Despite continued signs of strength from the labor market, Californians are increasingly pessimistic about the state’s economic outlook and the direction of the nation. Last week, PPIC survey analysts Rachel Lawler and Deja Thomas discussed Californians’ views on the economy, approval ratings of public officials, and other key insights from our June survey.
Nearly seven in ten Californians expect bad economic times for the state in the next 12 months. Lawler noted that this is “similar to the level of pessimism that we saw at the end of 2020, when we were still in the middle of the COVID pandemic.” Pessimism about the state of the nation is also widespread. More than seven in ten adults (72%) say things in the US are going in the wrong direction, close to the record high in 2008 (74%) during the Great Recession.
Although inflation has been cooling in recent months, high prices are still affecting Californians’ pocketbooks. A majority (57%) say they have experienced financial hardships due to rising prices, with 76% of those making less than $40,000 a year saying that they have experienced hardships.
When it comes to elected officials, 56% of likely voters approve of Governor Newsom, President Biden, and Senator Alex Padilla, and half approve of the state legislature. Fewer approve of Speaker Kevin McCarthy (32%), Senator Dianne Feinstein (27%), and the US Congress (21%).
Unsurprisingly, partisans are sharply divided in their approval ratings, with the exception of universally low ratings for Congress (24% Democrats, 22% Republicans, 20% independents). Notably, approval of Senator Feinstein among Democrats has fallen from 56% in October 2022 to 41% today. Senator Feinstein has announced that she will not run for reelection next year, but there have been calls for her to resign amid concerns that health issues have disrupted her ability to serve.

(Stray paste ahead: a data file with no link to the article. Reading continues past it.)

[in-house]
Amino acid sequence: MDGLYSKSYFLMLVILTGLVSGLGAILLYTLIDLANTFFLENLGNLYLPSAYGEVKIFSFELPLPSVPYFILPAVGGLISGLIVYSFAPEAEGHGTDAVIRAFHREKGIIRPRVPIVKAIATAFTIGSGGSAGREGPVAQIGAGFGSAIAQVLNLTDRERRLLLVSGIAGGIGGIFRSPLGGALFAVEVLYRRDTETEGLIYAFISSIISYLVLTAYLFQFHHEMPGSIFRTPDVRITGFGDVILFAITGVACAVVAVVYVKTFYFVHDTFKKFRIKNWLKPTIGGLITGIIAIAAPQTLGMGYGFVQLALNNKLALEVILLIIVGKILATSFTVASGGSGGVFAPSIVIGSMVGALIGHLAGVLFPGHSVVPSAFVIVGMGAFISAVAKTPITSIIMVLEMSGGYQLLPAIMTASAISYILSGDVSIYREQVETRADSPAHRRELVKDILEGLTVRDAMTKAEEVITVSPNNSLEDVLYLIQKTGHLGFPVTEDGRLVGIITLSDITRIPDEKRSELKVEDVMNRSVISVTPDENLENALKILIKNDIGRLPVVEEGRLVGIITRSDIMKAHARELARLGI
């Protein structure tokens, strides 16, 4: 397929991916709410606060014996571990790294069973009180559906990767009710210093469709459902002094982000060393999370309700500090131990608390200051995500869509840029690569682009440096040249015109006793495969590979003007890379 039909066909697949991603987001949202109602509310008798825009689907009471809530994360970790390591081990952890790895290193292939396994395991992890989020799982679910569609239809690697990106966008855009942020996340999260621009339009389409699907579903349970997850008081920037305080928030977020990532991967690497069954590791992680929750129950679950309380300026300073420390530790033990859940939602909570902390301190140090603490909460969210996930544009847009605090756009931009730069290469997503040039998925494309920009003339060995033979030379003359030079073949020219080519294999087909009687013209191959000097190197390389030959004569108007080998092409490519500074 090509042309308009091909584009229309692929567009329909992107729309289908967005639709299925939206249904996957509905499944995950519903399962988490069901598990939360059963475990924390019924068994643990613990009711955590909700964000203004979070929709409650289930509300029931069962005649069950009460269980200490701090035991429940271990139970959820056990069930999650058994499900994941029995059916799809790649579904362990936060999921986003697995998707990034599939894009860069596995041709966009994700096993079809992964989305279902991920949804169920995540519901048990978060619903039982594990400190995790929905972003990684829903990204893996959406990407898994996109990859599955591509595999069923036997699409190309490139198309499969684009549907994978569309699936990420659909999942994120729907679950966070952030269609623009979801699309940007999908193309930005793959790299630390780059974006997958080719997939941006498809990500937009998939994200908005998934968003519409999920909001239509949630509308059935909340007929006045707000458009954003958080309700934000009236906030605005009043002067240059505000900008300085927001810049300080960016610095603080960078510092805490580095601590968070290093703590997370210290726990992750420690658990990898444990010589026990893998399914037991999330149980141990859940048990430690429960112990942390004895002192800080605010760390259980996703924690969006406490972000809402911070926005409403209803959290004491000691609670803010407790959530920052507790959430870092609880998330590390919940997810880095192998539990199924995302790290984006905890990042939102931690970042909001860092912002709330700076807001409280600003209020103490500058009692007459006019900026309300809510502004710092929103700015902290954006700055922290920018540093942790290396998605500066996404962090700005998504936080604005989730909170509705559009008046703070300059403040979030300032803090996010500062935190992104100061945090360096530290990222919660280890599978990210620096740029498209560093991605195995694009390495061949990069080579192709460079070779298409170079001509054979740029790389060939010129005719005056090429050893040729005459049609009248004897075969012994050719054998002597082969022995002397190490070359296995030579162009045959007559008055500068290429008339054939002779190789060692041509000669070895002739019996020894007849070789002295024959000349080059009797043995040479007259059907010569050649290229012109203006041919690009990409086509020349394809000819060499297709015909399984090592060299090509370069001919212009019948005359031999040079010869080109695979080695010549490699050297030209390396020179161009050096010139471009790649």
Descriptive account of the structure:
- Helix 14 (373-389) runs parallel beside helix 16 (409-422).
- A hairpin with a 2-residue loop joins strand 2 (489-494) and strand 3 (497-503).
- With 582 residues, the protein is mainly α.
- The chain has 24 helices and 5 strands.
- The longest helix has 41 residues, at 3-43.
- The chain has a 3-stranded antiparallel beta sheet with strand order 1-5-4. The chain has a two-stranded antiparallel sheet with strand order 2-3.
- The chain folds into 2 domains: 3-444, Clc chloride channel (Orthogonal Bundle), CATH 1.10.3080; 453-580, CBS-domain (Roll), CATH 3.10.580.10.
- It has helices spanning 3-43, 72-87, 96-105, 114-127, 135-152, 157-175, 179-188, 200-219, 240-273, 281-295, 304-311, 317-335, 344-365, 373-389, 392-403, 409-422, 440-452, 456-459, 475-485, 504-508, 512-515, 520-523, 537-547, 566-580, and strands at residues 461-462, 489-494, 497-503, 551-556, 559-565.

Our survey highlighted a stark partisan divide on many issues, but a few areas of bipartisan agreement also emerged. For example, majorities of Democrats, Republicans, and independents all say that poverty is at least somewhat of a problem in their part of the state and that the gap between the rich and the poor is getting larger, said Thomas.
Some aspects of immigration policy also sparked bipartisan consensus. Though partisans are divided on providing health care coverage for undocumented immigrants in the state, Lawler noted that majorities across partisan groups (94% of Democrats, 79% of independents, and 59% of Republicans) favor a path to citizenship for undocumented immigrants if they meet certain requirements, including a waiting period and passing criminal background checks.
Stay tuned for more from the PPIC Statewide Survey as we continue to track Californians’ views on the economy, politics, and other critical issues facing the state.